Using data to show our impact

What happens when over 500 arts and cultural organizations from around the Commonwealth focus on data collection? We get a whole lot of numbers. More than that, though, we gain a wealth of information and tools to add depth and analysis when we tell our stories about the impact the creative community in our towns and cities.

This is one of the primary purposes of the Cultural Data Project, a program operated by Pew Charitable Trusts. The CDP collects and compiles data from a broad range of arts and cultural institutions around the country. The program started in Massachusetts in 2009 and is now operating in eleven other states and DC with the goal of strengthening our sector by collecting and disseminating socioeconomic data thathighlights the impact of the creative community.

cdp_logo.jpgFor example, the CDP tracks volunteer time, jobs created, attendance and annual expenditures of the participating arts and cultural organizations.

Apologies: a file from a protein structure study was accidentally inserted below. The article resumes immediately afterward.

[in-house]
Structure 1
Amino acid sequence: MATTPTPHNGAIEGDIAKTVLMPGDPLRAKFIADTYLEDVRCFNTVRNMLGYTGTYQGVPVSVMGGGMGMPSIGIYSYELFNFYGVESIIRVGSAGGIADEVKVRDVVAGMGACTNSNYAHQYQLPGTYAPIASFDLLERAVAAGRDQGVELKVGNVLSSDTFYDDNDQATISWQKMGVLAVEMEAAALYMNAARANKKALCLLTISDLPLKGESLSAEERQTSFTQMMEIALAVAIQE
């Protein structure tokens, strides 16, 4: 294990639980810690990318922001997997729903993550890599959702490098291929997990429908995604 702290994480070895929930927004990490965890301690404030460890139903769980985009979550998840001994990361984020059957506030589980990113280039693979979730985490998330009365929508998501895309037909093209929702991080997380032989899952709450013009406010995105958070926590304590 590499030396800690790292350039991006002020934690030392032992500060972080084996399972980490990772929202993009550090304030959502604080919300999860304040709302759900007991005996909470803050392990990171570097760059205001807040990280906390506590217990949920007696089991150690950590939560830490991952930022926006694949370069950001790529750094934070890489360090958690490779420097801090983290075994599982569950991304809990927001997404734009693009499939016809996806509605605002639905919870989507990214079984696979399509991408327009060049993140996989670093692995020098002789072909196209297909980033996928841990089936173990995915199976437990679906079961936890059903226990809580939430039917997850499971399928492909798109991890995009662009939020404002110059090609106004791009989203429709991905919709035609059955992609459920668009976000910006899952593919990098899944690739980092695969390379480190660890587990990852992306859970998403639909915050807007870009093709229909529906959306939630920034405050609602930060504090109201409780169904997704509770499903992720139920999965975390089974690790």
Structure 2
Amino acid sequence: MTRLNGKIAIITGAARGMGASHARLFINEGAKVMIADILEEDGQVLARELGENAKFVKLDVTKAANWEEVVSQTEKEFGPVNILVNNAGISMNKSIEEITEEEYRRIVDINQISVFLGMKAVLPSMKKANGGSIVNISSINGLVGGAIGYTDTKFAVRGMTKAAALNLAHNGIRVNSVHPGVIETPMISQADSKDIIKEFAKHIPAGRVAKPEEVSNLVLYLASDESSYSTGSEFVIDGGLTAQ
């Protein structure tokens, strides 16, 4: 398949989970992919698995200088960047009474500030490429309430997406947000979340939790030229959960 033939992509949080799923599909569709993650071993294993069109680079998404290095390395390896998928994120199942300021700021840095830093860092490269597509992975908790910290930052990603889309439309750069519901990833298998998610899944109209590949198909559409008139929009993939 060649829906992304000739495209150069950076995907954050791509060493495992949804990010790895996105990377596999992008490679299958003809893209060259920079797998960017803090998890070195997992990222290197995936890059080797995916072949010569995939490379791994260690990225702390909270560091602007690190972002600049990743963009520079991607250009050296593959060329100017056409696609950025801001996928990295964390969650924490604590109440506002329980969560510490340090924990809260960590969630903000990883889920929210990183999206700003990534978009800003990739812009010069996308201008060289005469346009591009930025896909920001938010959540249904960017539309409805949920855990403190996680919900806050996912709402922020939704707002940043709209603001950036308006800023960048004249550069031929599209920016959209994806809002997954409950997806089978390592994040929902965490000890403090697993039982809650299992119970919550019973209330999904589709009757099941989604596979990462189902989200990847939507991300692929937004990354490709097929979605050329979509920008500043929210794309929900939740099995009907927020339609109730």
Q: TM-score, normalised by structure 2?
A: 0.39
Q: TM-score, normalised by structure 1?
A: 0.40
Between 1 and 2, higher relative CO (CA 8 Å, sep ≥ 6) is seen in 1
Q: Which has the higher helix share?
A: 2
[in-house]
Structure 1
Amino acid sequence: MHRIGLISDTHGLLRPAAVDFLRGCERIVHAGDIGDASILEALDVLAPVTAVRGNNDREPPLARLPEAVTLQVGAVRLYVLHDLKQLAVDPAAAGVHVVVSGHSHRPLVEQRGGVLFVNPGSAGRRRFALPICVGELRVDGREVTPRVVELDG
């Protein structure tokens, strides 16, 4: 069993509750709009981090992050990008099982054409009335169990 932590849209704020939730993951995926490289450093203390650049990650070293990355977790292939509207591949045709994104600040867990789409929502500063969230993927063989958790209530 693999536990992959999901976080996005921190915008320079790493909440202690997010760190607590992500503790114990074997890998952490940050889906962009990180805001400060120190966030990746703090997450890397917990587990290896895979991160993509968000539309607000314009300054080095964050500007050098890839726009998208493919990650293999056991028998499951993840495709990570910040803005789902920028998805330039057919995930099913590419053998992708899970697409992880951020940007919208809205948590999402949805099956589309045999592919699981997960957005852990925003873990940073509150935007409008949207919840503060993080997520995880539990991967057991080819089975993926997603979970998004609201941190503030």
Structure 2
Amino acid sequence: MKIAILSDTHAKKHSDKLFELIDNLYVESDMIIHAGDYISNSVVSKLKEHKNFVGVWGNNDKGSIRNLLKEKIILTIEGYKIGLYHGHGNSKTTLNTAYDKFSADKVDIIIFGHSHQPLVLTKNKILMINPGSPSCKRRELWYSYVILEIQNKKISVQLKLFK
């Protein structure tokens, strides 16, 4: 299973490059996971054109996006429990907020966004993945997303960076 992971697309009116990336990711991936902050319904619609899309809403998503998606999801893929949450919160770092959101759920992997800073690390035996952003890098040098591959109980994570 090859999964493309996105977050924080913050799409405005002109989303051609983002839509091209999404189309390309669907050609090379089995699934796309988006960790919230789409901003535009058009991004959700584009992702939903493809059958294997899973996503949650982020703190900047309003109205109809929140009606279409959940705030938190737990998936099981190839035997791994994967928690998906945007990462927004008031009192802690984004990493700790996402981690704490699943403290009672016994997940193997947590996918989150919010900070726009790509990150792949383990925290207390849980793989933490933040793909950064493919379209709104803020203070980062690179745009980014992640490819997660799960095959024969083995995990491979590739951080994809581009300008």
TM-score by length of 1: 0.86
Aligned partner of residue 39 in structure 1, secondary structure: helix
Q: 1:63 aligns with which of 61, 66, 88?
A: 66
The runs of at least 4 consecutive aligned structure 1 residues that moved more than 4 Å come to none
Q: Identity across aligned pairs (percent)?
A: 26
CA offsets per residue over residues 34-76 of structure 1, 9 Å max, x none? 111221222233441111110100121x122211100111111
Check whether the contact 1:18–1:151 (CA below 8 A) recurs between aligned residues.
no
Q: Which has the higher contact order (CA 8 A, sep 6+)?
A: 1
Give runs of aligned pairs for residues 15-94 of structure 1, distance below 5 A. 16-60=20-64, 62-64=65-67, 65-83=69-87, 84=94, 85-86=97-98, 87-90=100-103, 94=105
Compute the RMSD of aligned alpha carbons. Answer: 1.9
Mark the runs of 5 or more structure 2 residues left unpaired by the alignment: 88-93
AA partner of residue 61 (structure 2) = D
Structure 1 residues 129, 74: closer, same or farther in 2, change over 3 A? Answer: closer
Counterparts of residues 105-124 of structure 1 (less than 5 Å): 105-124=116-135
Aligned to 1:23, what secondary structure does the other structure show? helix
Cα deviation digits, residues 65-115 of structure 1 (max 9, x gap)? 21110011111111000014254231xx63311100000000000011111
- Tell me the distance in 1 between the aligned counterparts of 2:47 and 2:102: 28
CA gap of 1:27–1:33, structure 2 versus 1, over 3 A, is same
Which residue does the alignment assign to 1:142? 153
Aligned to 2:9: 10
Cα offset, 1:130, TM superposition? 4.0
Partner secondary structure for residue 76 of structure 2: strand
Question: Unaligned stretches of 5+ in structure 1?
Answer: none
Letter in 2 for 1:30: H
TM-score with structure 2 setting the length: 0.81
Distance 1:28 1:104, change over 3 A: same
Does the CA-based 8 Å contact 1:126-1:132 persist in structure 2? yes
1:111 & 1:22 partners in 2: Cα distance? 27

Last week, MASSCreative supporters came together to discuss how we could use the data from the CDP to further our advocacy efforts. We were joined by Tom Kaiden of the Greater Philadelphia Cultural Alliance, an expert at the forefront of using CDP for successful advocacy for the creative community. He outlined his group’s successes in Pennsylvania and showed us some powerful examples of data presentation, like this postcard.

This data is a crucial part of showing our decision-makers the broad and deep impact of the creative community’s work and that we mean business. These numbers are solid proof that art and culture are necessary and are integral to the fabric of our communities and our quality of life.

The most impactful way, however, to use these numbers is in conjunction with stories and images from our communities. Without the stories of our community’s successes, we can blend in with any other sector. One of our most valued assets is our creativity and quirkiness and we need to use that to ask for what we want and push our cultural institutions, performance spaces, youth arts programs and working artists forward.  

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